Saturday, 13 July 2013

Bus note 62

Alcohol vapours
from wrung out bodies.
        Everybody shines
        and sweats non-charm.
Heatbruised to stupidity
and gracelessness
        so bitterly
        the skinny pen thinks here.
How to be kind
and to feel it?
        Ball point
        eases out
        black ink
        on feint squared grid



  1. Very glad the question only comes up occasionally. Maybe the heat was making splits inside.

  2. Those endless feigning grids in which all appears inextricably locked, even as it's clear they are mere geometrical inventions -- and as such, in relation to organic life, must be specious....

    feint (n.)
    1670s, "a false show, a pretended blow," from French feinte "a feint, sham," abstract noun from Old French feint (13c.) "false, deceitful," originally fem. past participle of feindre (see feign).

    Borrowed late 13c. as adjective, but now obsolete in that sense. Also as a noun in Middle English with sense "false-heartedness" (early 14c.), also "bodily weakness" (c.1400).

    feint (v.)
    c.1300, feinten, "to deceive, pretend," also "become feeble or exhausted; to lack spirit or courage," from feint (adj.); see feint (n.). Cf. Old French feintir "be slow, delay." Sense of "to make a sham attack" is first attested 1833.

  3. Your etymology truly opens the poem out, Tom. Feint is one of those words whose shifts in history should be allowed to bleed through.

    I always choose squared paper for the notebooks. My father taught maths and for years had sheets of the stuff hanging around. I take a childish comfort in writing on it. It's as close to his faith in that seeming sure and pristine order as I can get.

    I'm never quite:

    Done with the compass,
    Done with the chart!

  4. Your skinny pen caught that sweaty non-charm with its usual perceptiveness. I can sense summer has taken control of the bus stop, or control over those bodies at the bus stop, or over those minds at the bus stop. Kindness is hard to come by any time of year, and imbibed heat, yes, how does that help :-) Well, every season will come with its own custom made excuse for numb kindness or unkindness.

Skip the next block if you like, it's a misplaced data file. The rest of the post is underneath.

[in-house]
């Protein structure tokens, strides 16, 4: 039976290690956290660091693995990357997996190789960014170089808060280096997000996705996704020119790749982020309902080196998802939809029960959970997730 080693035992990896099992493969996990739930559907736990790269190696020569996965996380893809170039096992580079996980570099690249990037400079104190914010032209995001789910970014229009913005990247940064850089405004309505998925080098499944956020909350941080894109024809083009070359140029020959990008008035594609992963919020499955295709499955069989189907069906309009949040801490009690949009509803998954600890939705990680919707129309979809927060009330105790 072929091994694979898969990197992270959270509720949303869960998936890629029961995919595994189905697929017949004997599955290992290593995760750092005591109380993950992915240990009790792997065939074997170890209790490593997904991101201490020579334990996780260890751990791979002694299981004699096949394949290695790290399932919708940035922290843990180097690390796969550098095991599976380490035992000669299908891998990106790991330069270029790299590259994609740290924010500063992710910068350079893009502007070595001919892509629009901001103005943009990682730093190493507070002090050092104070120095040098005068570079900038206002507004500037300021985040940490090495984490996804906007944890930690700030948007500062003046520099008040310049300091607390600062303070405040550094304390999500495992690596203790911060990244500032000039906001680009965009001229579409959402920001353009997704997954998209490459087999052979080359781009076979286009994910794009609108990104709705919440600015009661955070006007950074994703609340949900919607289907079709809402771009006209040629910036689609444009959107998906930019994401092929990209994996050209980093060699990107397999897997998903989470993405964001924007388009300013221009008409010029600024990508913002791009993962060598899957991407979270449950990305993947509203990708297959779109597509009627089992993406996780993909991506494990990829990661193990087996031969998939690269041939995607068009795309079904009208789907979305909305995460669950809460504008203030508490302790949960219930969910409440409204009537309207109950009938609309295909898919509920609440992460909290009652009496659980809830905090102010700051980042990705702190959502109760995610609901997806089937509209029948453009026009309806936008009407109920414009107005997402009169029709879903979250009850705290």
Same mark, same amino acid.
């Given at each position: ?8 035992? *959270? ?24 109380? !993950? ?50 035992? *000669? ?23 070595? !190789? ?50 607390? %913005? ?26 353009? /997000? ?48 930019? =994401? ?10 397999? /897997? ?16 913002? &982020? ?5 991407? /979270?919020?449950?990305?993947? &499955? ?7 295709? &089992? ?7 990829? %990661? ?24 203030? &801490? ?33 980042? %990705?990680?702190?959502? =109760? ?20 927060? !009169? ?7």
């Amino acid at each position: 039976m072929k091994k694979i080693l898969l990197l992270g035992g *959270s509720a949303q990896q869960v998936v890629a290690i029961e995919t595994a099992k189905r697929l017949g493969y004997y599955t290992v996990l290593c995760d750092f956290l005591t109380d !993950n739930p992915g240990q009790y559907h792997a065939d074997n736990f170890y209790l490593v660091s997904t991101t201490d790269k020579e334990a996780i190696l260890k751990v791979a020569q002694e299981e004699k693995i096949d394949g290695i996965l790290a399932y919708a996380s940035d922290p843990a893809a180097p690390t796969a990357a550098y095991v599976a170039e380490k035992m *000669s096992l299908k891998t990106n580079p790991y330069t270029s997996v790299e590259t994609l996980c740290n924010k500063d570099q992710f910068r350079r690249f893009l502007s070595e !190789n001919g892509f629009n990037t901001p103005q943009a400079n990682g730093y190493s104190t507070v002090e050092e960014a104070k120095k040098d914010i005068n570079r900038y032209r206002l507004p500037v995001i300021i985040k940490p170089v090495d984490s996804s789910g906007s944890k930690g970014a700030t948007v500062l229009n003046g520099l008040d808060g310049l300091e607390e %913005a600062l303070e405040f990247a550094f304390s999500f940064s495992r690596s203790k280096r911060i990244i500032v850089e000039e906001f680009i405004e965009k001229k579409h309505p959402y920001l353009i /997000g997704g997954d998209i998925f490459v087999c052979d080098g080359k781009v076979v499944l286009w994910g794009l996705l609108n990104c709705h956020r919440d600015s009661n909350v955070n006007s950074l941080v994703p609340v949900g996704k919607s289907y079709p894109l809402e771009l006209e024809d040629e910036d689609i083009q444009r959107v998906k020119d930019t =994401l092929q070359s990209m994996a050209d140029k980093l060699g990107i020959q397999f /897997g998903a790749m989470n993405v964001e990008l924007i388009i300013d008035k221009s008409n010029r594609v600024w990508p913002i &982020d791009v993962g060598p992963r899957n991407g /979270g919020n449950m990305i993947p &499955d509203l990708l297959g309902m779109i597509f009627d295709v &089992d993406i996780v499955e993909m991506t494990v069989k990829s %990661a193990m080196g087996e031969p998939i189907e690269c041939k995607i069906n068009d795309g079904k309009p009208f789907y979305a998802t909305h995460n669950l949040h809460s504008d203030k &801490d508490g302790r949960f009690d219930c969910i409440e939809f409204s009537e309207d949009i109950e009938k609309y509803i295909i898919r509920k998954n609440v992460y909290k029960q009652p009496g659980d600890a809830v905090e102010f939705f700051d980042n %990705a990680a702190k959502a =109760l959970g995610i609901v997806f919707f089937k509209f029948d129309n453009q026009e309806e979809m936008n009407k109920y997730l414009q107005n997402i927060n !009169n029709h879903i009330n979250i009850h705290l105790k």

I like sqared too. Keep up the good chart!

  5. Townes Van Zandt: Pancho and Lefty ("private concert", Houston 1988):"...only let him hang around / out of kindness I suppose...")

    Talking of kindness, and how to read / not read it -- well not to speak of trying to make out what's writ however finely or broadly in that forever closed book, a private conscience -- but on a virtual-world human face, as symbolically represented by an internet meme (emoticon, is that the word?) -- am I the only one who confuses those objectively unintelligible though allegedly universally-understood adorable little pseudo-infantile post-literate modular meme-thingies with a (dare one say it) form of software?

    E.g.. ever wonder how to pronounce one of them?

    How to pronounce “( ͡° ͜ʖ ͡°)”

    Recent "studies have shown" (by the way) that prolonged exposure to those emoti-memetic-thingies can cause curling and sizzling of the wee sensitive-most neuronal tails.

    Trial of the ( ͡° ͜ʖ ͡°) meme upon human subject (in vivo experiment, for the good of the human race)

  6. Thank you, Marie.

    Public transport in this heat, rush hour, is not conducive to kindness. Those of us taking the bus are coming from the checkout lines and care homes and the cleaning jobs: sweat and monotony make up the better part of the labour. It's an effort of will to keep yourself conscious let alone be kind.

    I watched a little too much of that last link, Tom. Something has burrowed into my mind. My mouth is now the wrong end of a set of parentheses and there's semicolon eyes for that nervous tick.

    I'm pretty sure that the range of feeling is being reduced to a bare repertoire of given signs. The same conversations turning the same narrow circle can be heard most anywhere.

    They only let him go so wrong
    out of kindness I suppose.

    There's a great theologian in Van Zandt. A wonderful song. First time I'd heard it.